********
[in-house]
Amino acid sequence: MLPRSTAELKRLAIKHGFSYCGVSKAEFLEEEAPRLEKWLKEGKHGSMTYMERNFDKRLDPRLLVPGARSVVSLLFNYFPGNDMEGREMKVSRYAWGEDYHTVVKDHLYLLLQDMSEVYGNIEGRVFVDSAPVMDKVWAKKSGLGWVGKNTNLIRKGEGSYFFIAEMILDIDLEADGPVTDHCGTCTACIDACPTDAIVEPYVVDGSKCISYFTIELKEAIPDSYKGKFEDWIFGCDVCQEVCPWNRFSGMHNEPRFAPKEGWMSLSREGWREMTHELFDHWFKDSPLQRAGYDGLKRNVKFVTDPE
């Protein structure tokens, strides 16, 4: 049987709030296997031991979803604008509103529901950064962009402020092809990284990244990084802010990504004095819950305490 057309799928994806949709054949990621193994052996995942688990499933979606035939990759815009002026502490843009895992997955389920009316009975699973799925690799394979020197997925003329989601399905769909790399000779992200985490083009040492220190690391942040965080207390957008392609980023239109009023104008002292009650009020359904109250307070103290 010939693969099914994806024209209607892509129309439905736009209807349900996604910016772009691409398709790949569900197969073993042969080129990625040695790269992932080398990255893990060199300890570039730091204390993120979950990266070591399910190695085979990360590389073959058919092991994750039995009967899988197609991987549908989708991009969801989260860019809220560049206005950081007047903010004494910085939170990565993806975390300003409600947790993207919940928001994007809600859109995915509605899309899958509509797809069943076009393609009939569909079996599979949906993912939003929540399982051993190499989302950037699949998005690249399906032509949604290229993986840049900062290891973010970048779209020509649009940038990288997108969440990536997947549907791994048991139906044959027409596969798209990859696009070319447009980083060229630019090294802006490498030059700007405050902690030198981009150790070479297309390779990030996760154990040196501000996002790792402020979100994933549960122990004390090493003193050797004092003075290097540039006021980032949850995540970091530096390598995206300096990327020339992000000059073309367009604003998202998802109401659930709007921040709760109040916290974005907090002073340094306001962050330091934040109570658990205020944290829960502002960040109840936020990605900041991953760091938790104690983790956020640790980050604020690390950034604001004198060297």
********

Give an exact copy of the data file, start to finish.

[in-house]
Amino acid sequence: MLPRSTAELKRLAIKHGFSYCGVSKAEFLEEEAPRLEKWLKEGKHGSMTYMERNFDKRLDPRLLVPGARSVVSLLFNYFPGNDMEGREMKVSRYAWGEDYHTVVKDHLYLLLQDMSEVYGNIEGRVFVDSAPVMDKVWAKKSGLGWVGKNTNLIRKGEGSYFFIAEMILDIDLEADGPVTDHCGTCTACIDACPTDAIVEPYVVDGSKCISYFTIELKEAIPDSYKGKFEDWIFGCDVCQEVCPWNRFSGMHNEPRFAPKEGWMSLSREGWREMTHELFDHWFKDSPLQRAGYDGLKRNVKFVTDPE
């Protein structure tokens, strides 16, 4: 049987709030296997031991979803604008509103529901950064962009402020092809990284990244990084802010990504004095819950305490 057309799928994806949709054949990621193994052996995942688990499933979606035939990759815009002026502490843009895992997955389920009316009975699973799925690799394979020197997925003329989601399905769909790399000779992200985490083009040492220190690391942040965080207390957008392609980023239109009023104008002292009650009020359904109250307070103290 010939693969099914994806024209209607892509129309439905736009209807349900996604910016772009691409398709790949569900197969073993042969080129990625040695790269992932080398990255893990060199300890570039730091204390993120979950990266070591399910190695085979990360590389073959058919092991994750039995009967899988197609991987549908989708991009969801989260860019809220560049206005950081007047903010004494910085939170990565993806975390300003409600947790993207919940928001994007809600859109995915509605899309899958509509797809069943076009393609009939569909079996599979949906993912939003929540399982051993190499989302950037699949998005690249399906032509949604290229993986840049900062290891973010970048779209020509649009940038990288997108969440990536997947549907791994048991139906044959027409596969798209990859696009070319447009980083060229630019090294802006490498030059700007405050902690030198981009150790070479297309390779990030996760154990040196501000996002790792402020979100994933549960122990004390090493003193050797004092003075290097540039006021980032949850995540970091530096390598995206300096990327020339992000000059073309367009604003998202998802109401659930709007921040709760109040916290974005907090002073340094306001962050330091934040109570658990205020944290829960502002960040109840936020990605900041991953760091938790104690983790956020640790980050604020690390950034604001004198060297």